• Page 6 Salvo June 30, 2014 a professional force of firefighters who often go beyond the arsenal fence line rendering aid to the local com- munity by leveraging their critical skills and experience. They don’t do this for the pay. They do it for their sense of duty to their community as volunteers, just as Frank- lin did it in 1736. Whipple will never claim to have created any impact- ful innovation such as Franklin’s first volunteer fire company, but in his own right he still has made a signifi- cant impact to his community. Whipple has been a part of his local firehouse in up- state New York since he was 14 years old, when he joined the ambulance corps. Whipple said that he knew at 14 that firefighting was his passion and that firefighting would someday be his career. As soon as he turned 16, he immediately transi- tioned to a firefighter position and has remained a volun- teer fireman since that day. After high school, Whipple joined the U.S. Air Force and for the next four years he perfected his firefighting skills at Fort Monmouth, N.J. Upon his discharge, he re- turned to volunteer firefighting with the Rock City Falls, N.Y., department. Although Rock City Falls may sound like a small-fire department, it handled more than 440 Who would have thought that arsenal Fire Chief John Whipple had something in common with Benjamin Franklin? He does, but before the kite jokes start fly- ing – ok, a poorly intended pun – let’s take a quick look at early American history before we lay judgment on Whipple. America’s first European settlement in Jamestown, Va., had more to worry about than scurvy, extremely cold winters, and insect-borne diseases. They also had to contend with a rudimentary wooden encampment that was heated by open fire pits. Anyone who has visited some of the recreated early settlements such as James- town or Salem, Mass., has learned that fire embers were often an arm’s length away from sleeping quarters and dining areas. Within the first year of the establishment of the Jamestown colony in 1607, more than half of the 105 set- tlers had died primarily due to starvation and disease. And if that wasn’t bad enough, the remaining survivors had to deal with a near-total destruction of the settle- ment due to a fire in 1608. As settlers continued to arrive in significant num- bers, small camps became towns and eventually cities in such places as Philadelphia and Boston. The material that was readily available for use in the construction of thatched-roofed homes, businesses, and government fa- cilities was wood. Having witnessed a terrible fire in Boston in the early 1700s and after a major fire in Philadelphia in 1736, Franklin’s hometown, Franklin leveraged his journalis- tic skills to create awareness in his community for an or- ganized fire fighting response. He is also credited as hav- ing established in Philadelphia the Union Fire Company, America’s first volunteer firefighting brigade, in 1736. A spirit of “volunteerism” is woven into the American fabric. From defending a neighbor’s farm to defending our country in battle, Americans have historically done what needs to be done and often without any mental reservation or hesitance. This is as true today as it was when our country was founded. Today, in an 1800s-era building on the arsenal, resides From Benjamin Franklin to Watervliet, the spirit of volunteerism is alive and well Assistant Fire Chief Kenneth Haviland as- sessing a simulated building fire during a recent community-wide training event. The training and experience the arsenal firefighters have is often leveraged by local communities who rely heavily on volunteer support. By John B. Snyder Story continues on page 7, Volunteer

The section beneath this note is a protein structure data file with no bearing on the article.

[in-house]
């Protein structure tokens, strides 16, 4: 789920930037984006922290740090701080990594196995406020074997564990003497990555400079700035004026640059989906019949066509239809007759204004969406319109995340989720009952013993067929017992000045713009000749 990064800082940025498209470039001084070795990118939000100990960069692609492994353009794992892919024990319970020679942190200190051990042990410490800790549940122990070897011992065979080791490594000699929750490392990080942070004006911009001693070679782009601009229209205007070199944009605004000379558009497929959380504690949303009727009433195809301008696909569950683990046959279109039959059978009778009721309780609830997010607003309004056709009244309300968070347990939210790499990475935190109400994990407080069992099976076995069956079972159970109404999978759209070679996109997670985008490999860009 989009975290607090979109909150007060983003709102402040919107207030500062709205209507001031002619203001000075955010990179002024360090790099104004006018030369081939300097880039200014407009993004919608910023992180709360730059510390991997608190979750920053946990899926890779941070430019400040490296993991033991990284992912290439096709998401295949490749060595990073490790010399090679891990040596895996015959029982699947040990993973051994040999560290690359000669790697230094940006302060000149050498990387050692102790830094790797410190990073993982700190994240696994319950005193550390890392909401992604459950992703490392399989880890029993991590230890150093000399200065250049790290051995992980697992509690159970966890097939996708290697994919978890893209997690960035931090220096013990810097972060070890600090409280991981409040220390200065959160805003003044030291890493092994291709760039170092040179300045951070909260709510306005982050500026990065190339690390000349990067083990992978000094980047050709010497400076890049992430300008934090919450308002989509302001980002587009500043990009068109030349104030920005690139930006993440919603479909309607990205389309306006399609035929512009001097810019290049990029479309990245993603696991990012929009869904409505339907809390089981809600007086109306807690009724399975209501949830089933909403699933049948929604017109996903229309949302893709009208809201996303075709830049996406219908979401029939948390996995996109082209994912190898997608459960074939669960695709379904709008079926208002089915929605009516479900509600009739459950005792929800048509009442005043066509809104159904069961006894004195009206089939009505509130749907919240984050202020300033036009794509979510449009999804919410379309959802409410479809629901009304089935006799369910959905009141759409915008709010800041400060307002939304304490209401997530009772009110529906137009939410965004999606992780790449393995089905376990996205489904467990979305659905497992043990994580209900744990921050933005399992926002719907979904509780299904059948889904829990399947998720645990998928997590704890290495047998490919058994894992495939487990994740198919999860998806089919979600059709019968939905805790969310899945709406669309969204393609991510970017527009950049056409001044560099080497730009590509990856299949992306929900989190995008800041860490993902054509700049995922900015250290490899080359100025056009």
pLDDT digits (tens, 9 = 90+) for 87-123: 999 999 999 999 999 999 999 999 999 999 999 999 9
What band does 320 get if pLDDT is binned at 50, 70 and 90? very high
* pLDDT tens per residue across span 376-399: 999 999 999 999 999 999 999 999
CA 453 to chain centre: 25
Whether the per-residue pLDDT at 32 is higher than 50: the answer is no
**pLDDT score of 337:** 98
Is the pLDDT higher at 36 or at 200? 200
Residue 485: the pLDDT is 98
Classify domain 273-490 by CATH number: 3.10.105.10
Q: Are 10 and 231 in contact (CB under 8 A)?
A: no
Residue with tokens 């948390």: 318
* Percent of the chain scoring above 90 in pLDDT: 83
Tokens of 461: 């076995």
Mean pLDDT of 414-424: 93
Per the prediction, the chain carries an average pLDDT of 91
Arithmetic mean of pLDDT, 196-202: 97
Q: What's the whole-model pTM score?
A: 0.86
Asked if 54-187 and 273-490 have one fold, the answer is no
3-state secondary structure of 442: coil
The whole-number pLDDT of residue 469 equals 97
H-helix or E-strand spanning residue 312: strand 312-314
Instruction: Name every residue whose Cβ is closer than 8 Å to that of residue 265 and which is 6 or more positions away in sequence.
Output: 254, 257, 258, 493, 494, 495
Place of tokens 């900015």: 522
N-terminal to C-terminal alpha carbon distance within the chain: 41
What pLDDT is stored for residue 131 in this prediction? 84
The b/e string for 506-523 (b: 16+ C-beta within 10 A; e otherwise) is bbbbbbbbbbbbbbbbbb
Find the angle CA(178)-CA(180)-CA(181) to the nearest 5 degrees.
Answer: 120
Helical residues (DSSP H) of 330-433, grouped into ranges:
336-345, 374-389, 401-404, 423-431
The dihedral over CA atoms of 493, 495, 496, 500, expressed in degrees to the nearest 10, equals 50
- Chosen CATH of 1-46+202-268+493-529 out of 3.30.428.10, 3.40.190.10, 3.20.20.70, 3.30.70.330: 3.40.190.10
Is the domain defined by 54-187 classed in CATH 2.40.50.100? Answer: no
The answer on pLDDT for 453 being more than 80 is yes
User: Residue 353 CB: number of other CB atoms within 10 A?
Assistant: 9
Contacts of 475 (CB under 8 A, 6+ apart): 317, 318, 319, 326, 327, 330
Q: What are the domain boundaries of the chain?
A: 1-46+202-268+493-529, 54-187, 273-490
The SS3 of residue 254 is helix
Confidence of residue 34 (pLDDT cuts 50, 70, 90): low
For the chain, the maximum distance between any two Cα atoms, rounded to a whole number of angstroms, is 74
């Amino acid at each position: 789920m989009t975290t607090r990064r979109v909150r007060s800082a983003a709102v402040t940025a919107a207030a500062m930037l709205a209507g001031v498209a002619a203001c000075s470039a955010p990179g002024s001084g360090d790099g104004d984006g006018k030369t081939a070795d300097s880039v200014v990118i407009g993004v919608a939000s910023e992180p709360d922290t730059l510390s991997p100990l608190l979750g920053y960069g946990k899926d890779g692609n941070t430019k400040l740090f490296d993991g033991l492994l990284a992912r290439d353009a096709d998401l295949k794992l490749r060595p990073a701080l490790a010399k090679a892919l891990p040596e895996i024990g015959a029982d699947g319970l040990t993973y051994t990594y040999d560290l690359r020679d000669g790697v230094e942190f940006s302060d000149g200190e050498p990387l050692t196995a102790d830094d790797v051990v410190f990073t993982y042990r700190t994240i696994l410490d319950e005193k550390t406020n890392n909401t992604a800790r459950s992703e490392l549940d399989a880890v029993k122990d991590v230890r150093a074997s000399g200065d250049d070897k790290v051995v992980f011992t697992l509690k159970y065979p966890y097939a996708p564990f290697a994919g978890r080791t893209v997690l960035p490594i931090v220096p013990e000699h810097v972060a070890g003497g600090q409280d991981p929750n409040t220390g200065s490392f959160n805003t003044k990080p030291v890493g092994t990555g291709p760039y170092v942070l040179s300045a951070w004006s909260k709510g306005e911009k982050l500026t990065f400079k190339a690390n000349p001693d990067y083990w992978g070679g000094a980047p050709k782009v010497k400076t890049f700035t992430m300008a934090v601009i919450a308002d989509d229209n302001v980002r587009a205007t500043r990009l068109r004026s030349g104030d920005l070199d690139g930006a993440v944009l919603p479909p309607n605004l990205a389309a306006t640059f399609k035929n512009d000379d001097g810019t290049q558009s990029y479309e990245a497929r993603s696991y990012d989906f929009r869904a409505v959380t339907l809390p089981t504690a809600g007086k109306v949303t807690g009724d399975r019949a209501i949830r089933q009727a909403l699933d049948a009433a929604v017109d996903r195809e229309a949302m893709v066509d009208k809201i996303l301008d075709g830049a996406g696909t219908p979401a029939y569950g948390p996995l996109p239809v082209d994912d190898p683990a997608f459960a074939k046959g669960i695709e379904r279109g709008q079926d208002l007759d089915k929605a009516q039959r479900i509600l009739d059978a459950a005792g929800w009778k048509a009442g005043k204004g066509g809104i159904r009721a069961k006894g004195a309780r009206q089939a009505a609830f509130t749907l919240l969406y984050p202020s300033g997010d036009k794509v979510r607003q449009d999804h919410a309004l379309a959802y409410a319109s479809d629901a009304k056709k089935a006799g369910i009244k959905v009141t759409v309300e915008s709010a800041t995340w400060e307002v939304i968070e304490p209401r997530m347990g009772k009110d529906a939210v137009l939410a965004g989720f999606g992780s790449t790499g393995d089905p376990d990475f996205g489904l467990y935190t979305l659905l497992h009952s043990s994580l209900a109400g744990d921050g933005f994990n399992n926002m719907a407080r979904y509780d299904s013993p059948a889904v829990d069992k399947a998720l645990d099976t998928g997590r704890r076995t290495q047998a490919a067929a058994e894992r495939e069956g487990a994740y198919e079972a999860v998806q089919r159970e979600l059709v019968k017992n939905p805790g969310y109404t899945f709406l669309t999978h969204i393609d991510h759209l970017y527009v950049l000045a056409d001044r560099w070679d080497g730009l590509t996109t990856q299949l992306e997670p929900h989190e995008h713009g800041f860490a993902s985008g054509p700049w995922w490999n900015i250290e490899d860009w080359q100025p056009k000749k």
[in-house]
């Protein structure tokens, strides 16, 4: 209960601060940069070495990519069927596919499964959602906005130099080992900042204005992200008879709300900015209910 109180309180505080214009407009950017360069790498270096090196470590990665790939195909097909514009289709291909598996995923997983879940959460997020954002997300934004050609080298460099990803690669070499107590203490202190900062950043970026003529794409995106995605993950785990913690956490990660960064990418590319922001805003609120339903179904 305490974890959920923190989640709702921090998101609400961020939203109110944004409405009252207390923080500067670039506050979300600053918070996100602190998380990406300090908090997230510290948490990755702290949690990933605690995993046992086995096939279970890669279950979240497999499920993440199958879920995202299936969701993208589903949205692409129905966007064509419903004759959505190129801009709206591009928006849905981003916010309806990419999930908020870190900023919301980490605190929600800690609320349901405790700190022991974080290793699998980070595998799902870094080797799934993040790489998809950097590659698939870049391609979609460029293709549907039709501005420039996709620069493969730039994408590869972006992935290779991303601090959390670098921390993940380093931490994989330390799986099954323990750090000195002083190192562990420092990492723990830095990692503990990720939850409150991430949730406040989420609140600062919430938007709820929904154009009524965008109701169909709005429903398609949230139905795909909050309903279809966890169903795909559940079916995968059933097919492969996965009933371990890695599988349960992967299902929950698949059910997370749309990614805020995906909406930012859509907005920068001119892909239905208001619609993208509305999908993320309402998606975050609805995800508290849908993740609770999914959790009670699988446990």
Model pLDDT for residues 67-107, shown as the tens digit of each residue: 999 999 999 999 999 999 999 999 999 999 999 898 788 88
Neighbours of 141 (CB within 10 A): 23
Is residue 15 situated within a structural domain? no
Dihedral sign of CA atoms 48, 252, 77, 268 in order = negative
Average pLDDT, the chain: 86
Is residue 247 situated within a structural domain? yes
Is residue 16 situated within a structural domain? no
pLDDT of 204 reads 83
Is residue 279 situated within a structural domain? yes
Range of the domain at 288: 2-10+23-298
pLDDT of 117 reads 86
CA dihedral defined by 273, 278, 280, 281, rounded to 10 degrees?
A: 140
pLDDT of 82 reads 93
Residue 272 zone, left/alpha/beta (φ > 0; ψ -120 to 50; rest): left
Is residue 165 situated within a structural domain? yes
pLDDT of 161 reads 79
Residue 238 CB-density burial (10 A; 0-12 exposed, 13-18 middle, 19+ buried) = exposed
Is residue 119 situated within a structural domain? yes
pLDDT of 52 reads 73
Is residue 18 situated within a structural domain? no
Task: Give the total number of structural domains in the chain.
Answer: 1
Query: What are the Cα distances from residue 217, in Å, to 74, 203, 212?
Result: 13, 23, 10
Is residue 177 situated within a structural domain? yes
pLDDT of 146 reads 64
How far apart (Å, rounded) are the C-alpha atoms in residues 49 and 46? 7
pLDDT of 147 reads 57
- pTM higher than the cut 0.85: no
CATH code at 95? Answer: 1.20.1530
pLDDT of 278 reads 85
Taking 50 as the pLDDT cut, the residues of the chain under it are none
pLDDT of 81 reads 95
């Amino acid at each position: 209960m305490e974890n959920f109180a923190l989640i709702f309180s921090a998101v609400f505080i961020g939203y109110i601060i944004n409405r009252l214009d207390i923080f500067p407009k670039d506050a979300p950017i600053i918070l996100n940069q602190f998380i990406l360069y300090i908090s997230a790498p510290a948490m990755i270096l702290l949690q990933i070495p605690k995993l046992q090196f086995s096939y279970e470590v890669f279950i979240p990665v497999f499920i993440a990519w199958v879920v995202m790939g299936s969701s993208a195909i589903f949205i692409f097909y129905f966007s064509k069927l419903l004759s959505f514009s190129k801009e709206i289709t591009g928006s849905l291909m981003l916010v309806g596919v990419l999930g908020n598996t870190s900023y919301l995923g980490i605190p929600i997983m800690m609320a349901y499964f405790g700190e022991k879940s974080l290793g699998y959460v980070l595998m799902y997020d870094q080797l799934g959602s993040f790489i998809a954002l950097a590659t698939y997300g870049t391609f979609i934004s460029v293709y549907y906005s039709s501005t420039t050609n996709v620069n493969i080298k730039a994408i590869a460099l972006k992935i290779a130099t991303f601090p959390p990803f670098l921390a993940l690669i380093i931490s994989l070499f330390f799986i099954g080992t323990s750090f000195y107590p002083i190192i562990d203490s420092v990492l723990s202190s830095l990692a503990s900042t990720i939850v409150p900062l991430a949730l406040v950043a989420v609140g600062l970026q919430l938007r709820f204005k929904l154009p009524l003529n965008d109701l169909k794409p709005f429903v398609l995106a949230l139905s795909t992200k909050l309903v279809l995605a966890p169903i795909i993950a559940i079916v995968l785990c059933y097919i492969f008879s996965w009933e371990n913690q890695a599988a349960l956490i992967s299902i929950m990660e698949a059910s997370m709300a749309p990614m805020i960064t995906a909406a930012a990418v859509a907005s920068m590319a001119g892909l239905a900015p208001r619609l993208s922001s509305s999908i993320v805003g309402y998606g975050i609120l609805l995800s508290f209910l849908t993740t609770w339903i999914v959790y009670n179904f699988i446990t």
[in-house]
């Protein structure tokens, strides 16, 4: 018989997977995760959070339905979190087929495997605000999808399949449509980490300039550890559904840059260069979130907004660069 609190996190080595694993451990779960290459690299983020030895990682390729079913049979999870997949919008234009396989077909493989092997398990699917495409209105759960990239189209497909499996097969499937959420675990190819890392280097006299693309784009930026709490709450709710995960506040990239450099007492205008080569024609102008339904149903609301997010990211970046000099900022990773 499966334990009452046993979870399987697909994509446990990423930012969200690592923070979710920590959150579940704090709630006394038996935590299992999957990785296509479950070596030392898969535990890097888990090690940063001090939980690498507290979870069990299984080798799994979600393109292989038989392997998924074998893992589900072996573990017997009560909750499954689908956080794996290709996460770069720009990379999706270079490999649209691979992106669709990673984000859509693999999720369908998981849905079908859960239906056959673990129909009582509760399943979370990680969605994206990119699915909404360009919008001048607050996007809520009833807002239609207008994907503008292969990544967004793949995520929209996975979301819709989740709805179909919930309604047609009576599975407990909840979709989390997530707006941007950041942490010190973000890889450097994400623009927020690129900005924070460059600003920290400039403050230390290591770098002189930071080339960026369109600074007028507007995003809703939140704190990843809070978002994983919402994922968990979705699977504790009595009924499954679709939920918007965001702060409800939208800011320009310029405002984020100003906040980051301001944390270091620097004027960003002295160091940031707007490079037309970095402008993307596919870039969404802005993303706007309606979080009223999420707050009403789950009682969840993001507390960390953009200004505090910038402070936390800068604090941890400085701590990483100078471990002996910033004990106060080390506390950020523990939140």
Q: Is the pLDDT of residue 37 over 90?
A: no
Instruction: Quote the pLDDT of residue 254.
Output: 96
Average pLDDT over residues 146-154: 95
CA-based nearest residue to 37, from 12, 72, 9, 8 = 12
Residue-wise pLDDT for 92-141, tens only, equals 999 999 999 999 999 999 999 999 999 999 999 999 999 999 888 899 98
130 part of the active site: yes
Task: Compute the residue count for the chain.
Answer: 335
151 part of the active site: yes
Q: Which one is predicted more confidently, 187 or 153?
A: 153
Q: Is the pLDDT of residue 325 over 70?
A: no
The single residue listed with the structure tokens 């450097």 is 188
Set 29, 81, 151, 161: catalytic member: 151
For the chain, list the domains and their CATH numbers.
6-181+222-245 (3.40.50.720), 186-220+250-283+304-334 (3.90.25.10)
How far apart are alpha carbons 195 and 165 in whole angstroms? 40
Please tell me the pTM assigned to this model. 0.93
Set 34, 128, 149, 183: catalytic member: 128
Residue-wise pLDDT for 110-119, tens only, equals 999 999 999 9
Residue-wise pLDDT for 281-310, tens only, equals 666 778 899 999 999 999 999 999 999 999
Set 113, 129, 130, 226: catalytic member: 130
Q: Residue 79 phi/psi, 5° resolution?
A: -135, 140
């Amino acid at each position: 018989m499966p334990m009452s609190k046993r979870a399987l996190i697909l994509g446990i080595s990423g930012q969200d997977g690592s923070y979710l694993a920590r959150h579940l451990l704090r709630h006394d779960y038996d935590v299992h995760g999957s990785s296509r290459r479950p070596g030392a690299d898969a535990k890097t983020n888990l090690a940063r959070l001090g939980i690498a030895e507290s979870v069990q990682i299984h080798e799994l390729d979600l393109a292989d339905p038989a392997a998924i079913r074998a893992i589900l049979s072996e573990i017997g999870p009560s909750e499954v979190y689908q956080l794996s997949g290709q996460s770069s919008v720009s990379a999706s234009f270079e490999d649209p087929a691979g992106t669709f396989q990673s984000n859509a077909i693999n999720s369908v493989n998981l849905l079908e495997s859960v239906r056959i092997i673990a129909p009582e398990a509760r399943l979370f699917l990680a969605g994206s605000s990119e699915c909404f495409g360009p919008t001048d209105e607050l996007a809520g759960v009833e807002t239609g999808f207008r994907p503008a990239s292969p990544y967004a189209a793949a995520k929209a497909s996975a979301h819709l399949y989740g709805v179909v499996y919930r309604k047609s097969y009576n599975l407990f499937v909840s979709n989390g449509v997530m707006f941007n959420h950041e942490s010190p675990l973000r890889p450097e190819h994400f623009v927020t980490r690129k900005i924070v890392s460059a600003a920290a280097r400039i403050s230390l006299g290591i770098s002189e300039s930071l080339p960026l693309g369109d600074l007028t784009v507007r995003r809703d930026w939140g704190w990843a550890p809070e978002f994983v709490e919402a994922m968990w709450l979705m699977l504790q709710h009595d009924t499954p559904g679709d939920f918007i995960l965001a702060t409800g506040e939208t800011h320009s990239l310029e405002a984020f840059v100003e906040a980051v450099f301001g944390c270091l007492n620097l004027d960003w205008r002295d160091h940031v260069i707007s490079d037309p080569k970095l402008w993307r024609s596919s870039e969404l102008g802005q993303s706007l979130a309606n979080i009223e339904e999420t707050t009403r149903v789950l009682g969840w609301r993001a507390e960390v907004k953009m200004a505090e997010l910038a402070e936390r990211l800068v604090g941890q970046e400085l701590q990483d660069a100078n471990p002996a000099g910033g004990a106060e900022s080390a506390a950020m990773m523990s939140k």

• Page 7 Salvo June 30, 2014 emergency service calls in 2013. Today, Whipple is on the Board of Fire Commissioners. As commendable as Whipple’s spirit of volunteerism is to the community, many of his fellow arsenal firefighters share Whip- ple’s enthusiasm toward protecting the local community. Arsenal Fire Captain Steve Mair has been a part of the arse- nal’s firefighting team since 1997. He, too, started his tenure as a firefighter when at 16 years old he joined the Westmoreland, N.Y., Fire Department. And, similar to Whipple’s career in firefighting, Mair joined the U.S. Navy after graduating from high school as a firefighter. The benefits to a local com- munity when one of the arsenal’s firefighters, as a volunteer to the local fire department, provides first responder training and aid must be immeasurable. That is, unless you count the lives saved or the property protected. On a quiet Tuesday afternoon last month, Mair and his wife were driving near Westmoreland on Route 5 when they saw what looked like a dust cloud by a house just up the road. As they got close to the house, Mair real- ized that it wasn’t dust that they were seeing but smoke coming out of the basement of a house. After pulling off to the side of the road, Mair had his wife call 911 while he went to the front porch to bang on the door to alert any residents who might have been in the home. He was soon met by a neighbor who helped him get two dogs out of the first floor apartment. It was a two- family home. Stepping back from the porch, Mair saw a woman on the second floor who seemed unaware that her house was on fire. He yelled for her to get out of the house im- mediately. When she still seemed confused, Mair rushed to the back of the house and ran up a staircase to the second floor as flames were now reaching the first floor apartment. He helped the women down the steps and escorted her safely out of the house. As the volunteer fire department arrived shortly after Mair escaped the fire with the house resident, he gave the fire chief a complete report about the fire and the status of resi- dents. Within three minutes of rescuing the woman, the house was fully engulfed with flames. On his own time and armed with decades of firefighting expe- rience, Mair was able to make a huge difference in the small com- munity of Westmoreland. Whipple, Mair, and nine other arsenal firefighters give freely of their time to local volunteer fire departments. Why do they do it? According to Whipple he vol- unteers because he enjoys helping people. “When people are experienc- ing one of their worst days in their lives, I know that I can make their lives just a little bit better,” Whipple said. Mair had a similar explanation. “This is what we do as profes- sional firefighters,” Mair said. “We are willing every day to risk our lives to save a life,” Mair said. Although no one may be able to truly measure the importance of having a well-trained firefighting force readily available at the arse- nal or within the community until a crisis or an emergency arises, suffice it to say that all bets are on the woman, who was saved on that Tuesday afternoon in May, would probably say that the importance is life changing. The “Franklin spirit” of volun- teer firefighters is alive and well in such places as Rock City Falls, Westmoreland, and in countless other communities throughout our nation. Every day in America, a life is saved or made better by the men and women who, like the arsenal firefighters, give freely of their time and experience to make their communities better by being a volunteer firefighter. Volunteer Cont. Top: Fire Chief John Whipple providing guidance during training. Center: Assistant Fire Chief Stephen Bogart, r, and Fire Captain Steve Mair take a blood sample from Machinist Larry Wood. Bottom: General Foreman Leon Rosko putting his training that Firefighter Luke Ryder just provided him to good use as he at- tempts to put out a simulated fire. The fire won. Photos by John B. Snyder